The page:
So let's get back to some happier news, the tomatoes are coming!!
While we "met" the cherry tomatoes last week, Here's an introduction to the rainbow of slicing tomatoes that should appear in your boxes this season:

Azoycha: Lemon-yellow medium-sized fruits with sweet, yet rich flavor.
Black Krim: purple/red slicing tomato with excellent full flavor 
Cosmonaut Volkov: medium-large red slicer with a full-rich flavor
Dr. Wychee Yellow: Large orange tomato with meaty, rich tasting flavor.
Granadero: Red plum tomato with thick-walled fruit; ideal for fresh tomato sauces, salsas, and salads
Green Zebra: Small, 2 1/2" olive yellow with green stripes and a sweet zingy flavor
John Baer: meaty red heirloom slicer
Marmalade: round, orange fruits with sweet tomato flavor
Mountain Fresh: red slicer with well balanced flavor
Paul Robeson: Large, brick-red fruits with dark green shoulders.  Has a sweet, rich, smoky flavor.
Pantano Romanesco: A large, deep red Roman heirloom. The flesh is very rich, flavorful & juicy.
Porkchop: Bright yellow slicing tomato with sweet tomato flavor with hints of citrus
Redfield Beauty: 3”– 4” flat pink fruits with excellent, full flavor.
Rutgerslarge, red with excellent flavor for fresh eating or canning
San Marzano II: Red paste tomato with old world taste
White Queen: Medium-sized, smooth white-skinned tomato with sweet, juicy flesh, low acid.

 As you can see, we raise a variety of colors of tomatoes, so color isn't your best indication of ripeness, touch is. A ripe tomato should yield to a gentle squeeze of your fingertips. If it feels hard, it's probably not quite ripe. Just leave it out on your counter for a day or 2 and try again.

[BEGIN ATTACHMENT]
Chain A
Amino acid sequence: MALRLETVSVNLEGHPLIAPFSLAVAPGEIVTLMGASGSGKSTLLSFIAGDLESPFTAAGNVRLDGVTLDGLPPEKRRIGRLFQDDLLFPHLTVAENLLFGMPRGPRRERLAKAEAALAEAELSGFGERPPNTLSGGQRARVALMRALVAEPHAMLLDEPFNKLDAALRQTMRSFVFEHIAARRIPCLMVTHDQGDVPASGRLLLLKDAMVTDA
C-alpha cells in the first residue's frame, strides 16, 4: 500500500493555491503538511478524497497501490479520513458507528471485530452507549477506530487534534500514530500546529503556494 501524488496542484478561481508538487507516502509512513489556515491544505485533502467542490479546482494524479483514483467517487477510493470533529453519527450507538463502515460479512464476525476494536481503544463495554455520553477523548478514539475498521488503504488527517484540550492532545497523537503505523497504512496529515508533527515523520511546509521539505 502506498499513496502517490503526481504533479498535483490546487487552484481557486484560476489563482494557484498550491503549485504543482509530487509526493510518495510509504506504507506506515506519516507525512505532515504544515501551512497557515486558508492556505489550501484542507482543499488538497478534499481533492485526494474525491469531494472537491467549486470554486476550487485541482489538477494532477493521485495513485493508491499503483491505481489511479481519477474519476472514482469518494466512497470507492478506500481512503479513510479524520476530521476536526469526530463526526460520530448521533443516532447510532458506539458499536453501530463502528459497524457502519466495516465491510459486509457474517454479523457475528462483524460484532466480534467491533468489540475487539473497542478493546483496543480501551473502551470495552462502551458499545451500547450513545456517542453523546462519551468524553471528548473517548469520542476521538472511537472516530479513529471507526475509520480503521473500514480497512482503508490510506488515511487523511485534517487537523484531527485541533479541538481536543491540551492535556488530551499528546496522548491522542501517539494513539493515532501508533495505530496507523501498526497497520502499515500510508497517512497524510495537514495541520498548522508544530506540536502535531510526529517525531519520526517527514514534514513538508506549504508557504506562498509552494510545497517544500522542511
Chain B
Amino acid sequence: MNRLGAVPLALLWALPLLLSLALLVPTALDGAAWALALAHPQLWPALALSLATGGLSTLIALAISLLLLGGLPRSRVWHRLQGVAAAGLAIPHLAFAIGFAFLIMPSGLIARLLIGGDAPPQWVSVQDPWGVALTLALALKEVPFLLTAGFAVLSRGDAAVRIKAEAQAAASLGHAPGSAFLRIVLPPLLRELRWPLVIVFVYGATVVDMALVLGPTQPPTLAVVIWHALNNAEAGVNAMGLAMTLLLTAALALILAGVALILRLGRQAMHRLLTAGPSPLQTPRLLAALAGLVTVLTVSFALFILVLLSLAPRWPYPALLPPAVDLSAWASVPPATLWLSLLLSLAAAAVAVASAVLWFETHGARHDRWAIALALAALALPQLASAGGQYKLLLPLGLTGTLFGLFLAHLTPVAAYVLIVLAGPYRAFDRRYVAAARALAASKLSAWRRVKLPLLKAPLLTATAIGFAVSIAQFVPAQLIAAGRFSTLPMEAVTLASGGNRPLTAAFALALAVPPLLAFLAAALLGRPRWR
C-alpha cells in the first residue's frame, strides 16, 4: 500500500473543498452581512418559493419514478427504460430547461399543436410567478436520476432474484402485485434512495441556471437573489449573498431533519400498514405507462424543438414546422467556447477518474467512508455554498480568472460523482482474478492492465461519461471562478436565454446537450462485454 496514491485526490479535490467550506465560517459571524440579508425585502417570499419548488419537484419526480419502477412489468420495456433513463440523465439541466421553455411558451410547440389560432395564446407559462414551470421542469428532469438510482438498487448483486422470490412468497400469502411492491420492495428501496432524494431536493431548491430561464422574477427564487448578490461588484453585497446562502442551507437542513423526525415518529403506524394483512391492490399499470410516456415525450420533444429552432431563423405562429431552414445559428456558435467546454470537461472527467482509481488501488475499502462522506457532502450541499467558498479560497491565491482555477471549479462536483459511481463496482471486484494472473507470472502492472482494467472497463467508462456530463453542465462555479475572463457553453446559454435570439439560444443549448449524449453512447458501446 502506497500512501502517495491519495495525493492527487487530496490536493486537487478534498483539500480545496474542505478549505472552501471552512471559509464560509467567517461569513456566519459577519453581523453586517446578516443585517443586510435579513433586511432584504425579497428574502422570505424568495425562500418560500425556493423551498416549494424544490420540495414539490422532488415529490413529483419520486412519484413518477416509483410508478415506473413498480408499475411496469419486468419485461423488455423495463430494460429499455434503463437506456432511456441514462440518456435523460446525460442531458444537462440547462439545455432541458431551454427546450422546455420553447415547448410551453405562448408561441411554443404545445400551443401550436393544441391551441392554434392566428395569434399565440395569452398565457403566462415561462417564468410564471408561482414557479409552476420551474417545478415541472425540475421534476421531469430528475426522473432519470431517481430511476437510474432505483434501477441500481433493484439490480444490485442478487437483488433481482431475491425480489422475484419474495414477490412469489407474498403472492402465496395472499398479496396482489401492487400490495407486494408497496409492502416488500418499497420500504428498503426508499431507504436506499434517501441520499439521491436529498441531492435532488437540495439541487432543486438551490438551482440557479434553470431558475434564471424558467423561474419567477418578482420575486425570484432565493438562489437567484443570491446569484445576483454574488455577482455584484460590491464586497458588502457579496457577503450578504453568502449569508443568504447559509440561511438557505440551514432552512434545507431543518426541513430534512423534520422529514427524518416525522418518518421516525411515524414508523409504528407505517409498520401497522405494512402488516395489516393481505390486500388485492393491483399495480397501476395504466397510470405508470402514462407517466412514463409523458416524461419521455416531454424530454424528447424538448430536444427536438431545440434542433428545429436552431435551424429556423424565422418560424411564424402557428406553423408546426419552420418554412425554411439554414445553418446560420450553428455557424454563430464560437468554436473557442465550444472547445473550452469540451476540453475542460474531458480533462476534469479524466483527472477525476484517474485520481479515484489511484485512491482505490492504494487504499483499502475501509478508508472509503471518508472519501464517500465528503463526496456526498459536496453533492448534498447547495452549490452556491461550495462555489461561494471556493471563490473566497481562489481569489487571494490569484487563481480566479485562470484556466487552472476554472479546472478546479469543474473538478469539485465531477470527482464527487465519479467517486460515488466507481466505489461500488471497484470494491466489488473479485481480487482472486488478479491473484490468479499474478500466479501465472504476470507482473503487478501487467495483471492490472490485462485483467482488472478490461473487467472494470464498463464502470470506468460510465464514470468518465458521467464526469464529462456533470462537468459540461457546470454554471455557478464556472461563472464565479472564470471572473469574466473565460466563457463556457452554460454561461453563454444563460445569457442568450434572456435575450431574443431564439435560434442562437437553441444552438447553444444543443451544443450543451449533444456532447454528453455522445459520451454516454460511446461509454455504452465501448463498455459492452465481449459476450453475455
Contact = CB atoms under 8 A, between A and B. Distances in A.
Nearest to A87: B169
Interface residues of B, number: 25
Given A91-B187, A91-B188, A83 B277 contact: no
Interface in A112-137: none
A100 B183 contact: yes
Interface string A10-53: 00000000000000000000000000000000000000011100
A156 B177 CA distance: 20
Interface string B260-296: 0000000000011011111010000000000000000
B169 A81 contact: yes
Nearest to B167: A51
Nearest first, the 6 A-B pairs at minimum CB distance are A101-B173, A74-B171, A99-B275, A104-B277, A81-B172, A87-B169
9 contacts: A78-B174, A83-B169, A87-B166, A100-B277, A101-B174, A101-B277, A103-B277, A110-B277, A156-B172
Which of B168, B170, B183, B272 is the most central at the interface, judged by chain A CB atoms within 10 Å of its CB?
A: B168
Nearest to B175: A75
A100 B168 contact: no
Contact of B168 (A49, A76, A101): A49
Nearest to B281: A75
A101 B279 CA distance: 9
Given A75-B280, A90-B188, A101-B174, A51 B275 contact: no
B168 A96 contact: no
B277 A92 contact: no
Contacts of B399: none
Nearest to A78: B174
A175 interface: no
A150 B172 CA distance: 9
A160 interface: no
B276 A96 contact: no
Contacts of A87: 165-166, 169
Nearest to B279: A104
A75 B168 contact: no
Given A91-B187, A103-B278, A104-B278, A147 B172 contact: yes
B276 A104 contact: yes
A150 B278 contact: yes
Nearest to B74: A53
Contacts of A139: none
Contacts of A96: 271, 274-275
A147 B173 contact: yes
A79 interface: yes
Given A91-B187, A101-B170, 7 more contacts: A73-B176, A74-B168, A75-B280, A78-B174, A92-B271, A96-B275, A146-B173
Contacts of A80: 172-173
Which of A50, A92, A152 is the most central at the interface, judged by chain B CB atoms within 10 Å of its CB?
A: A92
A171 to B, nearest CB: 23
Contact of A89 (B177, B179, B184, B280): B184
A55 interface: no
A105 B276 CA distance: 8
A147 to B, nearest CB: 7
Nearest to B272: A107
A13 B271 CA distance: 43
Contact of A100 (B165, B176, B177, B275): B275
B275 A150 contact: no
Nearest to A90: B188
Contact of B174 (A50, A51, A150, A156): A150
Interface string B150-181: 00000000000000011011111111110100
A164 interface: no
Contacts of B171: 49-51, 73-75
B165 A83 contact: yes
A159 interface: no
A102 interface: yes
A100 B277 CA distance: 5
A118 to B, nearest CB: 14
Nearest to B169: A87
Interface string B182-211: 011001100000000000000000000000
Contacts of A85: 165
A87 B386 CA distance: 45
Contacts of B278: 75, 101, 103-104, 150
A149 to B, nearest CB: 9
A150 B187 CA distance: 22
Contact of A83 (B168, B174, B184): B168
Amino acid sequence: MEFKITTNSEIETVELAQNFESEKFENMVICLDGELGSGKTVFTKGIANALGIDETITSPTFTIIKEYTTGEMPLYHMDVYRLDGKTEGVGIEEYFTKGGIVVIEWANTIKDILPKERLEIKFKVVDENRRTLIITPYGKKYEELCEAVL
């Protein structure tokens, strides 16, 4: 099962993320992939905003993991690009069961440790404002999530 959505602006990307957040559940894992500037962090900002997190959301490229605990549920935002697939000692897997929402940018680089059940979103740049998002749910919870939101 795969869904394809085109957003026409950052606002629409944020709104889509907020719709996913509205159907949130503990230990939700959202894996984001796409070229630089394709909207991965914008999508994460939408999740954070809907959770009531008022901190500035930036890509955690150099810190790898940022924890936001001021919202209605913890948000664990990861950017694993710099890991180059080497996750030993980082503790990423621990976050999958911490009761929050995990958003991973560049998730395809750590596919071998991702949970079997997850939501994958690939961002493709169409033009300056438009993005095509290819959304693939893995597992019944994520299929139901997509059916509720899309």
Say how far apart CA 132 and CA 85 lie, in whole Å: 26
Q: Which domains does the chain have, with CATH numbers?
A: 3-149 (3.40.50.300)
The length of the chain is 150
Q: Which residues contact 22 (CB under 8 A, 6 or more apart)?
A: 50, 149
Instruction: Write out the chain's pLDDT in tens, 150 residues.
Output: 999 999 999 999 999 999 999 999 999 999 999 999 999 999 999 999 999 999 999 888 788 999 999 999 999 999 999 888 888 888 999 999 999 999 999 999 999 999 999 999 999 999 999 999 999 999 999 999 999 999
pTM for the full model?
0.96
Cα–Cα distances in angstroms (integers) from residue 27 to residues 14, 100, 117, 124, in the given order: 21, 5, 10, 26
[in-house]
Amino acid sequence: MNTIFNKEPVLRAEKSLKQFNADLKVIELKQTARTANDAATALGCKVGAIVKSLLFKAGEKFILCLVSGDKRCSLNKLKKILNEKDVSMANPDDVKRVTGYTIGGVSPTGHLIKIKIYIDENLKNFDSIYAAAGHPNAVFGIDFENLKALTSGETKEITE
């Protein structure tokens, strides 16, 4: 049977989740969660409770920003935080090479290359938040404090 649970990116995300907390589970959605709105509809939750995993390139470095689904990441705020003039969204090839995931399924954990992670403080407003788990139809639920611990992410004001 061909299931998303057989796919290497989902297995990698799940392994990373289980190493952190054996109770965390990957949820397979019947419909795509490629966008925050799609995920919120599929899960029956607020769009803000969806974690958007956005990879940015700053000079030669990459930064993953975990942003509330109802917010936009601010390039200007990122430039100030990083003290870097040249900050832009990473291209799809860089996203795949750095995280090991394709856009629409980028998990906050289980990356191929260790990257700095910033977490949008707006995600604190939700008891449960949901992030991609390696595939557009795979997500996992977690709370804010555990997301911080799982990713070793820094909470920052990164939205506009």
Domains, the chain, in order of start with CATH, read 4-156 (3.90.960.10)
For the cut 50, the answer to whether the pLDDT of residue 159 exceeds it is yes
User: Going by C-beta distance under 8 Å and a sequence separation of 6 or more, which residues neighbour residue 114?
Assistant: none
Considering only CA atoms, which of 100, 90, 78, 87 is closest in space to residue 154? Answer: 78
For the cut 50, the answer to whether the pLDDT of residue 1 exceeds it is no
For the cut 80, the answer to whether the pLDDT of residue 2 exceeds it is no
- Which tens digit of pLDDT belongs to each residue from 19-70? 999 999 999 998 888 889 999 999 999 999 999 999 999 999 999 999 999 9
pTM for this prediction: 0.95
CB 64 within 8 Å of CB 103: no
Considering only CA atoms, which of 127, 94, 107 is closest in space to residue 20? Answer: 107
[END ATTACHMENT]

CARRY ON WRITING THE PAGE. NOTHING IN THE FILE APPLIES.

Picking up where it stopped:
Finally, I want to circle back to our crew. Last week I was "informed" that the crew wanted to have a potluck at lunch on Monday. They were pretty dismissive about the details and let me know I could bring the plates and silverware. Those of you who are native mid-westerners know this is almost a painful assignment because we aren't really "doing our part". Regardless, I did as requested amid mild grumbling. It turns out that the gathering was a plot by our fabulous crew to celebrate the farm's 15th anniversary season. They had asked earlier in the season if we were planning a big gathering like we did for our 10th year, but given the current "situation" it wasn't to be. So this was their solution. Have I mentioned how amazing our crew is and how lucky we are to have them? 

A little detail on your produce this week: